Have checked Torrie & Coleman and I can confirm that there is no mention of the town's name being adopted as a result of this discussion. Mutt Lunker (talk) 22:23, 5 August 2009 (UTC)

Geography sectionEdit

Kirkcaldy has a rich heritage of sandstone buildings from the town centre stretching out to Victorian suburbs around Victoria Road, Abbotshall Road and around Dysart. Yet most of the reference in this section is about development that has taken place in the 20th century. It would be good to get some pictures of victorian terraces or showing flats above shops with a reference of the built form of the town. (talk) 15:04, 1 March 2010 (UTC)

i have found it very hard to locate info before mid-20th century on the development of the town. (this is because at the time when i was adding the geography section, this was the only info i had gathered) i do know however that there are a lot of Victorian/Edwardian houses both in and around the town centre, but my knowledge isn't very strong on this. if you wish to do this, then i suggest you read the Central Kirkcaldy and Abbotshall conservation area document within the Fife Council website (that had a bit about some of the construction of Victorian and Edwardian buildings from 1820 onwards). for pictures, Whytehouse Avenue, East/West/South Fergus Place or even Victoria Road would be good ones. remember though, please include references.Kilnburn (talk) 22:27, 10 April 2010 (UTC)

History queriesEdit

Was the last Kirkcaldy whaler really called (French) "Brillant" or was it in fact (English) "Brilliant"?

Was the town invaded (then left as the forces moved on) or was it occupied in the Jacobite rebellions? Mutt Lunker (talk) 23:13, 16 July 2011 (UTC)

Recycling itemsEdit

Is there any value in having or requirement to have such a comprehensive list of items which are recycled (under the Public Services section), or indeed any list at all? Mutt Lunker (talk) 01:23, 31 July 2011 (UTC)

Some requested commentsEdit

When this article's FAC was archived in July I offered to look it over in advance of its next FAC nomination. I've started on this; here are my comments on the lead and History section; they are rather extensive. I have also done small copyedits and punctuation checks as I've gone through:-

Lead issues

*The lead is supposed to be a very broad summary of the article's principal content, so it's not necessary to be so precise about Kirkcaldy's location ("9.3 miles (15 km) SSE of Glenrothes, 11.8 miles (19 km) ENE of Dunfermline, 44.4 miles (71 km) WSW of Dundee and 18.6 miles (30 km) NNE of Edinburgh"), when this information is given exactly thus in the article. * There is further overdetailing in the lead, with such detail as "The street later reached a length of nearly 4 miles (6.4 km)..." As a recommendation, I suggest that you edit the third and fourth paragraphs into a single concise paragraph as follows:-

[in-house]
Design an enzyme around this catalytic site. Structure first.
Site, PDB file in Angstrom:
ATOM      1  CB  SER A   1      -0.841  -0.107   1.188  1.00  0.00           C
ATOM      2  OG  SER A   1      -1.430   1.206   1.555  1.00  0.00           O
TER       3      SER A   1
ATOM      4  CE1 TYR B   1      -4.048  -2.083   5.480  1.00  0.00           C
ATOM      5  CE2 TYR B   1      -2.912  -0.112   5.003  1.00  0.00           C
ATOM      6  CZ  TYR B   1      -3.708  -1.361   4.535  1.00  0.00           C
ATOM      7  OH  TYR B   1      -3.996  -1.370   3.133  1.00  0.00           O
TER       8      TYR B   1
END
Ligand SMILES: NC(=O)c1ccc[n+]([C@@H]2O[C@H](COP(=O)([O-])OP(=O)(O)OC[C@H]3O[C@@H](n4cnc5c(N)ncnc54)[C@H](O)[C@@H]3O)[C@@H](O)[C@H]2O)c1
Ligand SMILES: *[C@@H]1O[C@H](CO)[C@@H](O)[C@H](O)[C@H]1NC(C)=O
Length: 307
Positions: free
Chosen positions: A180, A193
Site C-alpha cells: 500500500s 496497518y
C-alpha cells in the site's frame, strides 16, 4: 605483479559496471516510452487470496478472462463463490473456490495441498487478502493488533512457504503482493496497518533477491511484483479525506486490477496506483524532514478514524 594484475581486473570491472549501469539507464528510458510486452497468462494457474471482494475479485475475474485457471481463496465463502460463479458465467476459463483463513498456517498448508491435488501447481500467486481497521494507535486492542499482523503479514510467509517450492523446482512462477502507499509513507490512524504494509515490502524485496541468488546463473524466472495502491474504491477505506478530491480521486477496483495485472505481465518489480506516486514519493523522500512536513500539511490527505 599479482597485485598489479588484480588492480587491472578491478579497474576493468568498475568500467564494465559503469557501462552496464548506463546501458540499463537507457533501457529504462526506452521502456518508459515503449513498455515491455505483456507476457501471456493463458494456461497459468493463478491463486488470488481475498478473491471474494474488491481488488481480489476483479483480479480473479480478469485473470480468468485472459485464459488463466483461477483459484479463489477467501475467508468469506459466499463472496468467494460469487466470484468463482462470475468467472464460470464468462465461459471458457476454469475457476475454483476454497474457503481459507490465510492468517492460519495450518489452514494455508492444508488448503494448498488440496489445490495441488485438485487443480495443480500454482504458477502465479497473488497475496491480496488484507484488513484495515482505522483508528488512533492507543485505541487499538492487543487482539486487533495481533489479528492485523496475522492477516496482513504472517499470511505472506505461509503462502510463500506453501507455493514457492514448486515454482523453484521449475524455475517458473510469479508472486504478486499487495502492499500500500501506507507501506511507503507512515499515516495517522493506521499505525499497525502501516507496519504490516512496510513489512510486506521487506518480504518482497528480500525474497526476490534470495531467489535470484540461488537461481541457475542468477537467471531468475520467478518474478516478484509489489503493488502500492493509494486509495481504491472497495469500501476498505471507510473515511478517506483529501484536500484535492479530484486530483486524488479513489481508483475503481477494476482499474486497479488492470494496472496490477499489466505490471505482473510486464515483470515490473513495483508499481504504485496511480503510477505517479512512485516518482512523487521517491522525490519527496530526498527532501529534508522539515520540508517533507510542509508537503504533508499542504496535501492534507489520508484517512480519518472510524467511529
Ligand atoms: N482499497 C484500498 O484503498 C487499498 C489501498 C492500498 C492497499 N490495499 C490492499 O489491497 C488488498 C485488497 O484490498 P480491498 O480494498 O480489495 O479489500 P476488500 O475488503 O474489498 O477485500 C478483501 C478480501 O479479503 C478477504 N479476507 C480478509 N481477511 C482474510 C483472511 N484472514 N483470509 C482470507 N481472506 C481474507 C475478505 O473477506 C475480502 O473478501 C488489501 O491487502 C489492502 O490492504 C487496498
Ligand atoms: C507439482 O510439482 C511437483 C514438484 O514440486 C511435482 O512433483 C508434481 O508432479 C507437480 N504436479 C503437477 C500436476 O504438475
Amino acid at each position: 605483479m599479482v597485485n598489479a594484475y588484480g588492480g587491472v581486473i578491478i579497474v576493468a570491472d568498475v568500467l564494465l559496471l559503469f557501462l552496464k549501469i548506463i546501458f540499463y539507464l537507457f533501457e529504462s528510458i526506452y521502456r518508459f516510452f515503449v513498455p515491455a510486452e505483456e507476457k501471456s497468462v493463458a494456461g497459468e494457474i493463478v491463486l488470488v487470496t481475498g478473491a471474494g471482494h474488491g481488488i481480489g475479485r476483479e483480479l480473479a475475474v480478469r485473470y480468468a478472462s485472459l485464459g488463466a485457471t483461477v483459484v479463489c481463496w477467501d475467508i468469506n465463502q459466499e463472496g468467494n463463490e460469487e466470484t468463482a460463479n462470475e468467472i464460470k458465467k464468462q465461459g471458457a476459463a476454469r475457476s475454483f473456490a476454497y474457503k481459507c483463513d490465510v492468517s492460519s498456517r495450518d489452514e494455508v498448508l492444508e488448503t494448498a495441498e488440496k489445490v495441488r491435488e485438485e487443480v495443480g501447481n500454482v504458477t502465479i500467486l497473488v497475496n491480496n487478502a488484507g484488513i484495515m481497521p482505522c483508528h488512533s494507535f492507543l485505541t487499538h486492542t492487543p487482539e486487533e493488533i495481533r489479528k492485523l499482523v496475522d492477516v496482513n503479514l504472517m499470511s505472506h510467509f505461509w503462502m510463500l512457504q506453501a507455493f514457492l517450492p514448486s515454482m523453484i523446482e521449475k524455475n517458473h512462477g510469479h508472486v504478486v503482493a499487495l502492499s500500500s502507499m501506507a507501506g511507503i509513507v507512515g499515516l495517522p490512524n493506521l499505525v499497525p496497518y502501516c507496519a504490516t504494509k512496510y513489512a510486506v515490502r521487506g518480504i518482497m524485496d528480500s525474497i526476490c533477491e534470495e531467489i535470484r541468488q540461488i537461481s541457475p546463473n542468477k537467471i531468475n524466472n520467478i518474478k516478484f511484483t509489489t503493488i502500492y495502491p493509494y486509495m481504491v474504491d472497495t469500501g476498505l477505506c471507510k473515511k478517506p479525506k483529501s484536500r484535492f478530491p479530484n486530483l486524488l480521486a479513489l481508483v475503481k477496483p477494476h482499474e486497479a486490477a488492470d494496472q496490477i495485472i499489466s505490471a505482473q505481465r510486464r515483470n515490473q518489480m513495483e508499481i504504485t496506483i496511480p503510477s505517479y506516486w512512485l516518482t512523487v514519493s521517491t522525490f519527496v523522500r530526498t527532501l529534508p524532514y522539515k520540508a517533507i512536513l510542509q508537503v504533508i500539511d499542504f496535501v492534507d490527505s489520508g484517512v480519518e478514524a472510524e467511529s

Early industries in the town included the production of textiles, nailmaking and salt panning. During the 19th and 20th centuries, Kirkcaldy became a leading producer of linoleum. The town expanded considerably in the 1950s and 1960s, though the decline of the linoleum industry and other manufacturing restricted its growth thereafter. The town is a major service centre for the central Fife area, home to numerous retail, cultural and leisure facilities. Adam Smith College has two campuses in town (St Brycedale and Priory). Employment is dominated by the service sector; the biggest employer is MGT (a call centre), while other major employers include Victoria Hospital, Forbo-Nairn (floor coverings), Kingdom Bakeries (food and drink), and Kingdom Homes Ltd (residential and nursing homes). Changes made

*Incidentally, by "MGT" do you mean "MGt.plc" as described here? If not, what does MGT stand for?

*Inappropriate italicisation: shire of Kirkcaladunt


At approx 1800 words, this section is only marginally shorter than the main article History of Kirlcaldy, which rather misses the point of having subarticles. You should look for ways of summarising some of this content, particularly in the longish 16th/18th century and Modern history sections * Toponomy: you need to attribute the sources which state that certain derivations are incorrect. Thus: "An interpretation of the last element as din (again meaning "fort", but from Gaelic) rather than –in is incorrect, according to Taylor and Márkus's history of the place-names of Fife.[2] The Old Statistical Account states a derivation from culdee, which has been repeated in later publications,[3][5] but Taylor and Markus deem this also incorrect."[2]

  • Medieval history

*"Two charters, later confirmed by his son, David I, as Kircalethin in 1128 and Kirkcaladunit in 1130, do not indicate the location of town or shire." I can't make sense of the sentence in its present form. Is the intended meaning something like: "Two charters, confirmed by Malcolm's son in 1128 and 1130, David I, refer to Kircalethin and Kirkcaladunit respectively, but do not indicate their locations"? *"under occupation" should read "under English occupation"

    • Dates should generally be given at the beginnings of sentences rather than the ends ("In 1304, while Scotland was under English occupation, the Abbot of Dunfermline appealed to King Edward I for a weekly market and annual fair for Kirkcaldy.")
    • "...may have been referred to as one of the most ancient of burghs". Say where it was thus referred to, and use quotes instead of italics.